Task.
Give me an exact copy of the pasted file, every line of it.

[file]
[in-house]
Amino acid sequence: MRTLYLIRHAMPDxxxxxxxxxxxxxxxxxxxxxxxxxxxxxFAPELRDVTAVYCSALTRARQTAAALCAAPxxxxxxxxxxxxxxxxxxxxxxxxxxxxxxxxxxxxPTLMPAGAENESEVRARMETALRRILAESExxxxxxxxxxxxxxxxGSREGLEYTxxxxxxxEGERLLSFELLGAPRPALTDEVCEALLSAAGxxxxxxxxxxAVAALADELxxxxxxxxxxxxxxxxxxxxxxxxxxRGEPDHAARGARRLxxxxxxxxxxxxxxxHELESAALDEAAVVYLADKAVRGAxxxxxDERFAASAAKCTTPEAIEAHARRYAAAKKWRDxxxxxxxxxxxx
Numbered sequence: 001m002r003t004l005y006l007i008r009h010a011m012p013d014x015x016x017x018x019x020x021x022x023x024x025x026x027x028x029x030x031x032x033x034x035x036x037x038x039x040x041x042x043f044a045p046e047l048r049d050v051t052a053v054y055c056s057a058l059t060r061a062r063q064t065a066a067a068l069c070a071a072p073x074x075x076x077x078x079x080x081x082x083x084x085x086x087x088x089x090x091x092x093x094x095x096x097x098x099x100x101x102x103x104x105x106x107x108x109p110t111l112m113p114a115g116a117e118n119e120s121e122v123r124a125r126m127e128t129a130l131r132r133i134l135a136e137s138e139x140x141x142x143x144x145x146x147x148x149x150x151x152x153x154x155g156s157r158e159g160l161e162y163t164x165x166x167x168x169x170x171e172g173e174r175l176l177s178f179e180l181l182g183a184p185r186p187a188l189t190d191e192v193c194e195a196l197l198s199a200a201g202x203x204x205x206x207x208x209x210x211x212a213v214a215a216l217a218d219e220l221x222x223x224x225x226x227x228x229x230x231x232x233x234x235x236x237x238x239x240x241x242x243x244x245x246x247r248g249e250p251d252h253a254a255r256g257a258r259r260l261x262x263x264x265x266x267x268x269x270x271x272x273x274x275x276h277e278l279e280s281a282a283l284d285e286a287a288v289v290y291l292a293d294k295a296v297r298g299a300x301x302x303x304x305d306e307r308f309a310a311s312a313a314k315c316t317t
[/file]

[in-house]
Amino acid sequence: MRTLYLIRHAMPDxxxxxxxxxxxxxxxxxxxxxxxxxxxxxFAPELRDVTAVYCSALTRARQTAAALCAAPxxxxxxxxxxxxxxxxxxxxxxxxxxxxxxxxxxxxPTLMPAGAENESEVRARMETALRRILAESExxxxxxxxxxxxxxxxGSREGLEYTxxxxxxxEGERLLSFELLGAPRPALTDEVCEALLSAAGxxxxxxxxxxAVAALADELxxxxxxxxxxxxxxxxxxxxxxxxxxRGEPDHAARGARRLxxxxxxxxxxxxxxxHELESAALDEAAVVYLADKAVRGAxxxxxDERFAASAAKCTTPEAIEAHARRYAAAKKWRDxxxxxxxxxxxx
Numbered sequence: 001m002r003t004l005y006l007i008r009h010a011m012p013d014x015x016x017x018x019x020x021x022x023x024x025x026x027x028x029x030x031x032x033x034x035x036x037x038x039x040x041x042x043f044a045p046e047l048r049d050v051t052a053v054y055c056s057a058l059t060r061a062r063q064t065a066a067a068l069c070a071a072p073x074x075x076x077x078x079x080x081x082x083x084x085x086x087x088x089x090x091x092x093x094x095x096x097x098x099x100x101x102x103x104x105x106x107x108x109p110t111l112m113p114a115g116a117e118n119e120s121e122v123r124a125r126m127e128t129a130l131r132r133i134l135a136e137s138e139x140x141x142x143x144x145x146x147x148x149x150x151x152x153x154x155g156s157r158e159g160l161e162y163t164x165x166x167x168x169x170x171e172g173e174r175l176l177s178f179e180l181l182g183a184p185r186p187a188l189t190d191e192v193c194e195a196l197l198s199a200a201g202x203x204x205x206x207x208x209x210x211x212a213v214a215a216l217a218d219e220l221x222x223x224x225x226x227x228x229x230x231x232x233x234x235x236x237x238x239x240x241x242x243x244x245x246x247r248g249e250p251d252h253a254a255r256g257a258r259r260l261x262x263x264x265x266x267x268x269x270x271x272x273x274x275x276h277e278l279e280s281a282a283l284d285e286a287a288v289v290y291l292a293d294k295a296v297r298g299a300x301x302x303x304x305d306e307r308f309a310a311s312a313a314k315c316t317t